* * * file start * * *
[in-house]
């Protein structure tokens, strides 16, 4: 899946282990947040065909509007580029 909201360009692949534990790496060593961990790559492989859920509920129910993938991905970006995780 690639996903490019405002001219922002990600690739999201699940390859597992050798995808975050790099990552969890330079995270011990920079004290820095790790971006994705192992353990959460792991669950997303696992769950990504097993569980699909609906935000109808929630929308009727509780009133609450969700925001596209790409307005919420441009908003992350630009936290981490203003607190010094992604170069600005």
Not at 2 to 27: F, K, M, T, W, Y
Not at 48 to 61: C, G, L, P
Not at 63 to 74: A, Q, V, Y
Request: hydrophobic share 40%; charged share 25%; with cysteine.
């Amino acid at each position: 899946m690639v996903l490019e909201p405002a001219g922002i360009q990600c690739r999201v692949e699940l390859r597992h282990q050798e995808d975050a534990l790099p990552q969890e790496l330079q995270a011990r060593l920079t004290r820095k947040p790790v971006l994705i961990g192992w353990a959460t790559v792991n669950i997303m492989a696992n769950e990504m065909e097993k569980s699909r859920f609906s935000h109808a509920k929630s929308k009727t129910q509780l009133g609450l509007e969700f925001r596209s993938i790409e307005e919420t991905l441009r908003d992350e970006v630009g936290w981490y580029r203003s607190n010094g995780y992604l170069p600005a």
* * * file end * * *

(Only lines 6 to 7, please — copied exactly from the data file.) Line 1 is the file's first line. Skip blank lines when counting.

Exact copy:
Request: hydrophobic share 40%; charged share 25%; with cysteine.
């Amino acid at each position: 899946m690639v996903l490019e909201p405002a001219g922002i360009q990600c690739r999201v692949e699940l390859r597992h282990q050798e995808d975050a534990l790099p990552q969890e790496l330079q995270a011990r060593l920079t004290r820095k947040p790790v971006l994705i961990g192992w353990a959460t790559v792991n669950i997303m492989a696992n769950e990504m065909e097993k569980s699909r859920f609906s935000h109808a509920k929630s929308k009727t129910q509780l009133g609450l509007e969700f925001r596209s993938i790409e307005e919420t991905l441009r908003d992350e970006v630009g936290w981490y580029r203003s607190n010094g995780y992604l170069p600005a």